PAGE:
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The U.S. Postal Service will stop delivering mail on Saturdays but continue to deliver packages six days a week under a plan aimed at saving about $2 billion, the financially struggling agency says.
The USPS lost $15 billion last year alone.
In an announcement scheduled for later Wednesday, the service is expected to say the Saturday mail cutback would begin in August.
The move accentuates one of the agency's strong points - package delivery has increased by 14% since 2010, officials say, while the delivery of letters and other mail has declined with the increasing use of email and other Internet use.
The fact that people don't mail letters like they used to isn't exactly a surprise.
Why pay for stamp when you can email from a free account? Why add to the cost of a bill when most companies don't charge you to pay online?
"It's simple. It's easy. It's free, and you cannot beat free," U.S. Postmaster General Patrick Donahoe said at a recent press conference.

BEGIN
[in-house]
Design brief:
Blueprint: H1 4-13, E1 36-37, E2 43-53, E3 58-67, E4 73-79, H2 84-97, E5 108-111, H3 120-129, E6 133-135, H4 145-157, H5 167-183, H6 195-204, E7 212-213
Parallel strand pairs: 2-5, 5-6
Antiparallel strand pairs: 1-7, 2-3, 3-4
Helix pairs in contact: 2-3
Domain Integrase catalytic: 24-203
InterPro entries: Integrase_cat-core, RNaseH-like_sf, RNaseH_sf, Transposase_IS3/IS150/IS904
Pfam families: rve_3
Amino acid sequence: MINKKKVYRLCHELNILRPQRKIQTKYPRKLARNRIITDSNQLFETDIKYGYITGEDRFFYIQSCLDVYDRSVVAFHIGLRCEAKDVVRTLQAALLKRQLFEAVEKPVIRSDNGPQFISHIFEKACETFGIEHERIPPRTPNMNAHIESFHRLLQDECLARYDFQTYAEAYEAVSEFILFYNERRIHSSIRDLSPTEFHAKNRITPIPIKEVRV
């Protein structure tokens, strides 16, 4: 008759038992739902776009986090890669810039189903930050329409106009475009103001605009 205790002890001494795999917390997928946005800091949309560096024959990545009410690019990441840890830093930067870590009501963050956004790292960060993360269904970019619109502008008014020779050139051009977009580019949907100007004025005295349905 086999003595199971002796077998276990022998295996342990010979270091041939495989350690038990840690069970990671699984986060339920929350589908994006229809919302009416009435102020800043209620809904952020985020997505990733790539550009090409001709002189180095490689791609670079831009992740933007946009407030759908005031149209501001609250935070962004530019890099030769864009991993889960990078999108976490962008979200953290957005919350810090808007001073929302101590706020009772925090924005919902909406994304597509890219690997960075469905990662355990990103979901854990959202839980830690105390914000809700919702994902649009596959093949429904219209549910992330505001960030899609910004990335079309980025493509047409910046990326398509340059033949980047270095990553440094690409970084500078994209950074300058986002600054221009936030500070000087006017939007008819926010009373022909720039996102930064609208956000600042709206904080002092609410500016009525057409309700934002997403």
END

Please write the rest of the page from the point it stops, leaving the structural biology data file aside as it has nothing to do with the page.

Under the new plan, mail would still be delivered to post office boxes on Saturdays. Post offices now open on Saturdays would remain open on Saturdays.
"We've taken a very hard look at the future of package delivery and think there is a very strong growth potential for the postal service over the coming decade," Donahoe said.
The one way the web and e-commerce has helped the post office is this: consumers are sending and receiving more packages than ever before. Cornering that market could help drastically.
Over the past several years, the Postal Service has advocated shifting to a five-day delivery schedule for mail and packages - and it repeatedly but unsuccessfully appealed to Congress to approve the move. Though an independent agency, the service gets no tax dollars for its day-to-day operations but is subject to congressional control.
It was not immediately clear how the service could eliminate Saturday mail without congressional approval.
But the agency's biggest problem is actually not due to reduced mail flow, but to mounting mandatory costs for future retiree health benefits, and that makes Charlotte resident Angela Hames mad.
"Congress passed a law that required them to put extra money into the retirement, which caused them to go into financial difficulty. There are other ways that this could have been done other than cutting service," Hames says.
But the agency clearly thinks it has a majority of the American public on its side regarding the change.
Material prepared for the Wednesday press conference by Patrick R. Donahoe, postmaster general and CEO, says Postal Service market research and other research has indicated that nearly 7 in 10 Americans support the switch to 5-day delivery as a way for the Postal Service to reduce costs.
Copyright 2013 WBTV. The Associated Press contributed to this report. All rights reserved.